The series of reservoirs located in the upper Paraná River and its tributaries retain a large amount of phosphorus (sedimentation), impoverishing downstream waters. Although these nutrients are limiting for primary production, their role on the growth of native aquatic plants is still unknown. The free-floating macrophyte, Eichhornia crassipes, is among the most successful colonizers and fastest-growing macrophytes in the Neotropics. However, in the upper Paraná River floodplain, this plant rarely develops extensive coverage and it is even absent from some environments. We hypothesize that phosphorus concentration is limiting the growth of E. crassipes in certain aquatic habitats of this floodplain, and to test this hypothesis we designed a field mesocosm experiment using nutrient amendments. Twelve closed mesocosms (1,500 L) plus three open units (with ambient lagoon water) were set up in the Garças lagoon, under five nutrient treatments (three replicates each): L (“lagoon”, no addition), C (control, no addition), N (nitrogen addition), P (phosphorus addition), and NP (nitrogen and phosphorus addition). After nutrient amendments, introduced plants were weighed weekly for fresh biomass over a three-week period. Plants in the P and NP treatments had the most rapid increase in biomass (rmANOVA, F12,30 = 7.54, p < 0.05) and the greatest development of sprouts (F12,30 = 3.25, p < 0.05). In addition, phosphorus content in plant tissues was highest in P and NP treatments, while nitrogen content was similar in L, N, and NP treatments. Our results suggest that the growth of water hyacinth in the upper Paraná River floodplain is limited by phosphorus, not nitrogen. Phosphorus removal in upstream reservoirs may limit E. crassipes populations downstream, although more study is required to establish this link.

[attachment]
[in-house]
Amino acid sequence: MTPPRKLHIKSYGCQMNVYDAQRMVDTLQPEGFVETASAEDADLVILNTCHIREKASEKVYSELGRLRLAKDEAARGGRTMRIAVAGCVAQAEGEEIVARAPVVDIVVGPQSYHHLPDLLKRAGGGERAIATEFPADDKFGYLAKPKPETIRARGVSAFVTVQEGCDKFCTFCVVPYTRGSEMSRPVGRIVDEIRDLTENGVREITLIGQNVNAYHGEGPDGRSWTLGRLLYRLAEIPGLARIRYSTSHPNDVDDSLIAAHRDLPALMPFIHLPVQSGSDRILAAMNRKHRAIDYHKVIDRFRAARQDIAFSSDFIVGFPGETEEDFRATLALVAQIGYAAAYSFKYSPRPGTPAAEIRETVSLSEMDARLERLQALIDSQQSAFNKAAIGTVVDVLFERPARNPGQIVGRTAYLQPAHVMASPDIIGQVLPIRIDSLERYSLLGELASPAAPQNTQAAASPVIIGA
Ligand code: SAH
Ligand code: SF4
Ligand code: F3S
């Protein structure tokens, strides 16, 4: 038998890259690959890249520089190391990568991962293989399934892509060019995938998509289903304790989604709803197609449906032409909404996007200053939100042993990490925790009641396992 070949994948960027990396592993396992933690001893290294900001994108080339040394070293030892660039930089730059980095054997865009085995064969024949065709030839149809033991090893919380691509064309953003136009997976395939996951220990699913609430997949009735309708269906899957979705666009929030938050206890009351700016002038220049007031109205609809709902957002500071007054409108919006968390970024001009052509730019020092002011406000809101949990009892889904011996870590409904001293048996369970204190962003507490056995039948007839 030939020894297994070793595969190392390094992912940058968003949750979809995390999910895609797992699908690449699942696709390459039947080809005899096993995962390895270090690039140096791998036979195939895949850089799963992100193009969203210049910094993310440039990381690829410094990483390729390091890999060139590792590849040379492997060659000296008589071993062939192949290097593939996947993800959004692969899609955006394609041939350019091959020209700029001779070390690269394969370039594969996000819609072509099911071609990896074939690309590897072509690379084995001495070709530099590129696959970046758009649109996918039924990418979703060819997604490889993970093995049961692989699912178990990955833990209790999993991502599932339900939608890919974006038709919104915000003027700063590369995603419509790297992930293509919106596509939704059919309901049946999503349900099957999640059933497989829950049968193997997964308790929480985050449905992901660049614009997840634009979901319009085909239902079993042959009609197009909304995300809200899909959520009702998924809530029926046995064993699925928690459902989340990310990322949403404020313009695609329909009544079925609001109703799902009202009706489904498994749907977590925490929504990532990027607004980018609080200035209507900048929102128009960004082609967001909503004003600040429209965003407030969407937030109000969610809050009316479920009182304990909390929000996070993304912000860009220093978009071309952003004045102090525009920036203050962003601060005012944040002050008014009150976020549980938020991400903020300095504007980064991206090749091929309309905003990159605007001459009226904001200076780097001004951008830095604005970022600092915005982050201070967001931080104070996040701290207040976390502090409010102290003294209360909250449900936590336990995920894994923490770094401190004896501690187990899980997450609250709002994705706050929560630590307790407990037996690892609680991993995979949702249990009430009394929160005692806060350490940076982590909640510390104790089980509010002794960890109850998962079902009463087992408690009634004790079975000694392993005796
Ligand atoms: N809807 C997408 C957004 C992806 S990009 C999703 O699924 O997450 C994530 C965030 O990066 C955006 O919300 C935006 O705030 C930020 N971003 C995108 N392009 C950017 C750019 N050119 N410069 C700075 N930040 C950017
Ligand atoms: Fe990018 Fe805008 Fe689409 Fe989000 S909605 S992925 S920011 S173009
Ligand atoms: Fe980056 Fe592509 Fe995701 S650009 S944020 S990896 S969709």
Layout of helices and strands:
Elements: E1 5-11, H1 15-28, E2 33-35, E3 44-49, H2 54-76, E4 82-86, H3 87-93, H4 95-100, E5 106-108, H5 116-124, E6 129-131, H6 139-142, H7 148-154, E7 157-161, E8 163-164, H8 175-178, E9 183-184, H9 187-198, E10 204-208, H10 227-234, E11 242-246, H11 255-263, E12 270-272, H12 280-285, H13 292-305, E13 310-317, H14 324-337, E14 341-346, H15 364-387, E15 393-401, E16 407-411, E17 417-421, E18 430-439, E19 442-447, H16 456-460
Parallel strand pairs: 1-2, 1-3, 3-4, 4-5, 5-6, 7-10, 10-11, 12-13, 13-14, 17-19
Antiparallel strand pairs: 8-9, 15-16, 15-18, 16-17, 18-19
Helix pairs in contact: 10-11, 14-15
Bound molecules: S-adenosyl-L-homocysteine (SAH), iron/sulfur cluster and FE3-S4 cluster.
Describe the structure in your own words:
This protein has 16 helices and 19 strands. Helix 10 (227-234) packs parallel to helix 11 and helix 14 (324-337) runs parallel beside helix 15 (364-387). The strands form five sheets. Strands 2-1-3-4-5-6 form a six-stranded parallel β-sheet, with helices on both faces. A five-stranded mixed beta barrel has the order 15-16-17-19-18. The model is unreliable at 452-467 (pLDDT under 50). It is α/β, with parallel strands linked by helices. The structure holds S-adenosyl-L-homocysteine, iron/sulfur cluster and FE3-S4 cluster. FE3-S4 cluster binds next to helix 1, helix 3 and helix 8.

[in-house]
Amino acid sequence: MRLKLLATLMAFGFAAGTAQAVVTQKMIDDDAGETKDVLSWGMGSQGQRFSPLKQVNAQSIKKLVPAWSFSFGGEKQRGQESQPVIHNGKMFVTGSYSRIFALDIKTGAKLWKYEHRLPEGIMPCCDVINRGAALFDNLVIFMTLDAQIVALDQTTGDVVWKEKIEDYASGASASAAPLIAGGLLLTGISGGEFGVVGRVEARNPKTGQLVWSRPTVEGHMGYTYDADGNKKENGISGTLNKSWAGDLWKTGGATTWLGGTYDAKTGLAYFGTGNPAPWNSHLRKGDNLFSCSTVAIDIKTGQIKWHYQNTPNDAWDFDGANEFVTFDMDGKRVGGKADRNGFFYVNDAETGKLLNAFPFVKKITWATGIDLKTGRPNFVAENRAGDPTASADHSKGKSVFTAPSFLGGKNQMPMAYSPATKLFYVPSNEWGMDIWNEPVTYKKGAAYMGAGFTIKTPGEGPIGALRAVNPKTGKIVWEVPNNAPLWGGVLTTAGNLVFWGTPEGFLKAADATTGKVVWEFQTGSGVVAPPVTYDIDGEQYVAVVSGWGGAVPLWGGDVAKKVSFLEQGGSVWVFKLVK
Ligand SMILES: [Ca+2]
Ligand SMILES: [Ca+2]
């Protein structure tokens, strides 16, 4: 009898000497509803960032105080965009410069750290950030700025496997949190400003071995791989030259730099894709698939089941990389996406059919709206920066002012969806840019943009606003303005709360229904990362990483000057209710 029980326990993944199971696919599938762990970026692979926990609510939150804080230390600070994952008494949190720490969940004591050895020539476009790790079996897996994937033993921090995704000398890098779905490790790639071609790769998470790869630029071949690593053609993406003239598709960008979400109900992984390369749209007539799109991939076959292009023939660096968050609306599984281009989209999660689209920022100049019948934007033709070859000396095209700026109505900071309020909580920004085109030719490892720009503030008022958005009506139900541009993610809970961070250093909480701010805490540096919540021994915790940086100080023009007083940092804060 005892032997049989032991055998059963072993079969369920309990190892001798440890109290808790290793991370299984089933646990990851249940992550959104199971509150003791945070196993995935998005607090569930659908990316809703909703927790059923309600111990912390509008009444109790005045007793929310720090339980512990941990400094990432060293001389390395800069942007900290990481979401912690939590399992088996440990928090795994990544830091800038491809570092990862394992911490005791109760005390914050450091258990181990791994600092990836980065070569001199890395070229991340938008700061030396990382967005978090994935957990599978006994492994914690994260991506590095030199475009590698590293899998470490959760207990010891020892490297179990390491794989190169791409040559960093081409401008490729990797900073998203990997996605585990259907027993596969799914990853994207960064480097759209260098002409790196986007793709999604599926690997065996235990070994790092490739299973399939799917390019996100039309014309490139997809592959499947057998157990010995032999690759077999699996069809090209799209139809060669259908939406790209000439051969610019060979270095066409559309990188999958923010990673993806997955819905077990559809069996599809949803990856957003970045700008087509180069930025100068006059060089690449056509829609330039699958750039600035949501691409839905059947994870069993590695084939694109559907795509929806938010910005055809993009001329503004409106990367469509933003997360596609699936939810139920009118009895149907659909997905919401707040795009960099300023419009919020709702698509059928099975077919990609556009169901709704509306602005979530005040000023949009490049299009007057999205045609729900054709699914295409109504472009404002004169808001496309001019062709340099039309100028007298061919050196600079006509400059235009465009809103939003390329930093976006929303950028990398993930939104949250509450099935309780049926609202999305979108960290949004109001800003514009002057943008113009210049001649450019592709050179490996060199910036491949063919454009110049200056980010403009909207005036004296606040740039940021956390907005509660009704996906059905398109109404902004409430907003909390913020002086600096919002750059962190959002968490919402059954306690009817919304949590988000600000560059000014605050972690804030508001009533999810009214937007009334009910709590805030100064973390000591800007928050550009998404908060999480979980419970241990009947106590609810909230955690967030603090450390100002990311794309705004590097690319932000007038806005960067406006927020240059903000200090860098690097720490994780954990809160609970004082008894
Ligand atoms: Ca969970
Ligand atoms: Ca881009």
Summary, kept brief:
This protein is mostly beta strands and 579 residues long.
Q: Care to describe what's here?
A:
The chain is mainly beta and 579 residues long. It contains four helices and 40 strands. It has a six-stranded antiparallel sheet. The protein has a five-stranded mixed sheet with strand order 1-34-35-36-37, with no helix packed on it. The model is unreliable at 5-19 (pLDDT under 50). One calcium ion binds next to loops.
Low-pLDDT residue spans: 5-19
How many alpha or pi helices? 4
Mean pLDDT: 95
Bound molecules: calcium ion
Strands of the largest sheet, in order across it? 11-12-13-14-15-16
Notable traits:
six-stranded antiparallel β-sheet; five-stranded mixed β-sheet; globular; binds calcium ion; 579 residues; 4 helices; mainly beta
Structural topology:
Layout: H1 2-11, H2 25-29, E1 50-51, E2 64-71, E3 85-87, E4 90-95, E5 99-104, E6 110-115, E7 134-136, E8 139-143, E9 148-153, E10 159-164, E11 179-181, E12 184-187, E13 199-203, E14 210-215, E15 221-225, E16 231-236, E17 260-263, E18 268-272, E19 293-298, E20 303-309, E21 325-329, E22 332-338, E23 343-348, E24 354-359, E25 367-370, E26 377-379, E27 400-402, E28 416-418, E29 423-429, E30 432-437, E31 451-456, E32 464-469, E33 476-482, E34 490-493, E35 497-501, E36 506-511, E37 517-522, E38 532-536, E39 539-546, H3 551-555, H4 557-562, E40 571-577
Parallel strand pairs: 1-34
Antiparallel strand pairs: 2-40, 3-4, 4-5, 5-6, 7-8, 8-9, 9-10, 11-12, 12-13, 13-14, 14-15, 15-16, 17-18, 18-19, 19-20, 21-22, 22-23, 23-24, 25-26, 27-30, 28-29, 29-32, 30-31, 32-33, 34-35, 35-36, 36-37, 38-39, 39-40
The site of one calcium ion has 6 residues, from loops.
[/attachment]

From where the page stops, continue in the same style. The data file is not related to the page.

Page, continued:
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Vol. 28 • No. 4